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As in the case of Horace, there has been collated a sufficient number of good MSS. of Juvenal to supply a satisfactory text without resorting to conjecture; and I believe there is authority from MSS. or scholia for all the readings I have adopted. That MS. to which most weight is, perhaps deservedly, attached is commonly called the Codex Budensis, having been originally in the royal library at Buda, in Hungary. Where it is now, is unknown. It is referred to in these notes as P, from Pithoeus (Pithou), on whose collation, towards the end of the sixteenth century, our knowledge of it chiefly depends. It had before been used with less care by Valla, whose edition was first published at Venice a century earlier (1486).
From this MS. copious scholia were published by these editors, and they are referred to generally as “the Scholiast' in this and other editions. But they are not all from the same hand. They have been carefully edited by Heinrich and Schopen, and still more so by Cramer (Hamburg, 1823), who found a MS. at St. Gallen, in Switzerland, containing the same, or nearly the same scholia as the MS. of Buda. Cramer assigns the St. Gallen MS. to the eleventh century, and supposes it to have come from the same source as the other.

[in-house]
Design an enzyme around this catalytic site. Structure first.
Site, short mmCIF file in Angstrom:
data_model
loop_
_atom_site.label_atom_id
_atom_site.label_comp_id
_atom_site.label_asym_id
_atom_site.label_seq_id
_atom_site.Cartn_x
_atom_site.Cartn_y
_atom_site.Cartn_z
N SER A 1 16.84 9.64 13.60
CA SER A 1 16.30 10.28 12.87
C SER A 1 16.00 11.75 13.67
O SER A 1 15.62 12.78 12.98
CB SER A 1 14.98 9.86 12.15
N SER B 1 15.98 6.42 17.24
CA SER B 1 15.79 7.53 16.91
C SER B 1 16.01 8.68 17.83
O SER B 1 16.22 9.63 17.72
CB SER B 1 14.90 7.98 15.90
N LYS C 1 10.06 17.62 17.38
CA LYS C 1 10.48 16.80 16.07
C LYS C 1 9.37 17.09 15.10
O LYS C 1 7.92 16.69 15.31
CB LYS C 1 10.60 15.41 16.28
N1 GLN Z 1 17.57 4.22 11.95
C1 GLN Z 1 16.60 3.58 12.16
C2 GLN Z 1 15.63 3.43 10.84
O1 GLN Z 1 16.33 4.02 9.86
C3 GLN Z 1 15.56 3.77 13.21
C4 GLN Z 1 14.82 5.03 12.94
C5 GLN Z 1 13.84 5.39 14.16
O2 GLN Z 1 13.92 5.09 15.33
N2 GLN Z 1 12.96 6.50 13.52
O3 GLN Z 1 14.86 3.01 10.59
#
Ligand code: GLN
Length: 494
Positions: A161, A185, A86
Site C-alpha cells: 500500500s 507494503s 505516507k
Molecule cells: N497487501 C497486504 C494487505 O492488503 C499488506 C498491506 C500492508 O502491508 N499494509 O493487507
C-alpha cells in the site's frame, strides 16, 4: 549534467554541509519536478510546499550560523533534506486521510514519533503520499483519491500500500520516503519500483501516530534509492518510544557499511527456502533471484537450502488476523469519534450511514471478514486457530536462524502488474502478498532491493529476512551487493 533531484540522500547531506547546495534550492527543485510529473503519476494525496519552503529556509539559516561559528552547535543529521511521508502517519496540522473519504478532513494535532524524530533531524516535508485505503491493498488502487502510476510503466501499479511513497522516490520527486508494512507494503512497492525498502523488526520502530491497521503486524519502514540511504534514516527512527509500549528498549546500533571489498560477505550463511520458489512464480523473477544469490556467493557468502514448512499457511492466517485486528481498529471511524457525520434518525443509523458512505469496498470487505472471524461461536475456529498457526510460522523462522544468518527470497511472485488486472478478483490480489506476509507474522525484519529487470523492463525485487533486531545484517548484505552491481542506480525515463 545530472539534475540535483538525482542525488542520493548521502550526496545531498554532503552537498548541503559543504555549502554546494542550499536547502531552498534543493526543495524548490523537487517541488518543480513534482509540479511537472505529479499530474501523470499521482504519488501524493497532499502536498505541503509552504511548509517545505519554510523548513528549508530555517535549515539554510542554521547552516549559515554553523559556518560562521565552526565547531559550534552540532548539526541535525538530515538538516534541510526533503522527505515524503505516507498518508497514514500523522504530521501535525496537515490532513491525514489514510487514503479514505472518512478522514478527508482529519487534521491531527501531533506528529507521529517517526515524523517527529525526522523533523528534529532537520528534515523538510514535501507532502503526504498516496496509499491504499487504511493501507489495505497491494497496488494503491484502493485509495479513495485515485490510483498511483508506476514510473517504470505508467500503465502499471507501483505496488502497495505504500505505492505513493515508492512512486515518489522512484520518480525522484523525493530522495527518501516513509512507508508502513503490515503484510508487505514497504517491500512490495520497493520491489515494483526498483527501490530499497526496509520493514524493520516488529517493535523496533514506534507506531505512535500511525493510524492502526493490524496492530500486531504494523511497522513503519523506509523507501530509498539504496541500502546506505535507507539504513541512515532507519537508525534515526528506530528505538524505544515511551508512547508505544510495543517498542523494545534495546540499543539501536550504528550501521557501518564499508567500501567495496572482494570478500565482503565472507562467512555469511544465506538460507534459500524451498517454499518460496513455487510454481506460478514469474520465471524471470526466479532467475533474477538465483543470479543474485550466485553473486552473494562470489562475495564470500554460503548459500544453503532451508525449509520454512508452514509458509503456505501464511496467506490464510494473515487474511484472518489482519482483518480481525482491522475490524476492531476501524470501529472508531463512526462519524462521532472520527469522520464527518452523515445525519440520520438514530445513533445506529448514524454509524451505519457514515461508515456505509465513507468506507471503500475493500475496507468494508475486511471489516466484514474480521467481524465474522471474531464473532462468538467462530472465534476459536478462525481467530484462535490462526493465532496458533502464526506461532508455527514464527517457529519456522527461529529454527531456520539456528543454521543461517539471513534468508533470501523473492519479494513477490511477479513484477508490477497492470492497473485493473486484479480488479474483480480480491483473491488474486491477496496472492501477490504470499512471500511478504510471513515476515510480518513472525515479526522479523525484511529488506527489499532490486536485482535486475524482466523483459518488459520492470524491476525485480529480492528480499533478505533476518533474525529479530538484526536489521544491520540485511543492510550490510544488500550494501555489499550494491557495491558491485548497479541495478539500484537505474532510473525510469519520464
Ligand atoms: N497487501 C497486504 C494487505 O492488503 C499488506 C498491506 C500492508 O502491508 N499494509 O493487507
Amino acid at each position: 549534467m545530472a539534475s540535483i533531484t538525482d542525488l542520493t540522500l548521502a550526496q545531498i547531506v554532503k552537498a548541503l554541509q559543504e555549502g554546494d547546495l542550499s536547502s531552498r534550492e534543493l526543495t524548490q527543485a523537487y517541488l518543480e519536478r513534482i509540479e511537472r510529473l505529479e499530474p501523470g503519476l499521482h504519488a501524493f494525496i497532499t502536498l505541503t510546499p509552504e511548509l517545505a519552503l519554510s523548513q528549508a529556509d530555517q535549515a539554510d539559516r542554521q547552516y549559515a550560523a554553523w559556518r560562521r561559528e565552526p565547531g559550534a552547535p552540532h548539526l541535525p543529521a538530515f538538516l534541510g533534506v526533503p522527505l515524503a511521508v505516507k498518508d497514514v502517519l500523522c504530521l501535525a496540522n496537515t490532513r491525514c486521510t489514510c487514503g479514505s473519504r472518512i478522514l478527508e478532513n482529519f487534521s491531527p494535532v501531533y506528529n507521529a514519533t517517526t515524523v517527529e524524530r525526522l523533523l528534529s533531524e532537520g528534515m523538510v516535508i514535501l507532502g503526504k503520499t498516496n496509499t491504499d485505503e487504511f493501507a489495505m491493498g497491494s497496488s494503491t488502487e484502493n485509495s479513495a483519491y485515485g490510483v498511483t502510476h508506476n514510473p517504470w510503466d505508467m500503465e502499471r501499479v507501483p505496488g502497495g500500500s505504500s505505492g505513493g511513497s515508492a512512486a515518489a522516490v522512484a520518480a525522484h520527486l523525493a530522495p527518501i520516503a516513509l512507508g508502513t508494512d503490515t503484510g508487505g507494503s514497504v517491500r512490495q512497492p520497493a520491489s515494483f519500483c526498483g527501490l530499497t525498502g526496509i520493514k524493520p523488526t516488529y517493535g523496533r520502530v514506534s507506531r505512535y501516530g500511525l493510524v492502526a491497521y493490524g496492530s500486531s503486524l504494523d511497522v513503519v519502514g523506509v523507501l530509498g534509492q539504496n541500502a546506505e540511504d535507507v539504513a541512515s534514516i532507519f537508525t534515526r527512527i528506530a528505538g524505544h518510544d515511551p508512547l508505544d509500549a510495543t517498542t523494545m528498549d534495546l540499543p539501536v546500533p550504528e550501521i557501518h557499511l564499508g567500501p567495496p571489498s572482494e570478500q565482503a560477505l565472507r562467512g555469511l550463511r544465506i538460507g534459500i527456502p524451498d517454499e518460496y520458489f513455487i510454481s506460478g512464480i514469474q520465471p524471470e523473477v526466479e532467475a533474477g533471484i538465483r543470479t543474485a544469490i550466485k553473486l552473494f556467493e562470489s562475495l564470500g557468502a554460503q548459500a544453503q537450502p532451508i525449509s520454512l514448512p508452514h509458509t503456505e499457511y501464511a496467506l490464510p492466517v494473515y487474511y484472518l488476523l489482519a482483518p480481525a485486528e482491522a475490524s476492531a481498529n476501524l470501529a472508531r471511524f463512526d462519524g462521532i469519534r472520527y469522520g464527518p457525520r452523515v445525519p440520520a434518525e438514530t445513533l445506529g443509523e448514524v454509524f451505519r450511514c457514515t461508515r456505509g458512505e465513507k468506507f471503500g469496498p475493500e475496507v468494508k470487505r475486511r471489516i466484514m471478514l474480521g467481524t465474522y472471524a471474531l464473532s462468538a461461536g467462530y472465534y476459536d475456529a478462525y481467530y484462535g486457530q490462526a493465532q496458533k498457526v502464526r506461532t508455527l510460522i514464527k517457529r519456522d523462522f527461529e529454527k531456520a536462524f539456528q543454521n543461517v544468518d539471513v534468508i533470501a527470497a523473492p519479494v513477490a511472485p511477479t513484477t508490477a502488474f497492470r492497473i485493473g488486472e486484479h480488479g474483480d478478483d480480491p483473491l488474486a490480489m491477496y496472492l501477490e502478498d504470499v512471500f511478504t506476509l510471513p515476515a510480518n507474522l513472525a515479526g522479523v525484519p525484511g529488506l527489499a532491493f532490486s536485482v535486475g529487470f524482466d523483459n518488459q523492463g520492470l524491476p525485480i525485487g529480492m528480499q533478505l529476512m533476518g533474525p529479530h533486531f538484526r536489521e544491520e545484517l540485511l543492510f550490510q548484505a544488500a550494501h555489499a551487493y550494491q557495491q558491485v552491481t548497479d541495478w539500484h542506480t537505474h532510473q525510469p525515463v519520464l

The Codex Budensis is chiefly relied upon by two late editors, Otto Jahn (Berlin, 1851) and C. F. Hermann (Leipzig, 1854), who says (Preface, p. 19) that it alone represents the genuine text of Juvenal, the others being derived from a text “multiplici veteris correctoris licentia deformatum." I look upon this as a rash assertion, and in many cases I have preferred the readings of other MSS., of which Ruperti has given a catalogue and description. I myself am in possession of one which is not in Ruperti's list. It is neatly written on parchment in 8vo. form, but is incomplete and of no particular value, being an Italian MS. of the early part perhaps of the fifteenth century. As it is not a transcript of any MS. referred to by other editors, I have occasionally noticed it, and have called it M. Many of its readings in disputed passages I have rejected.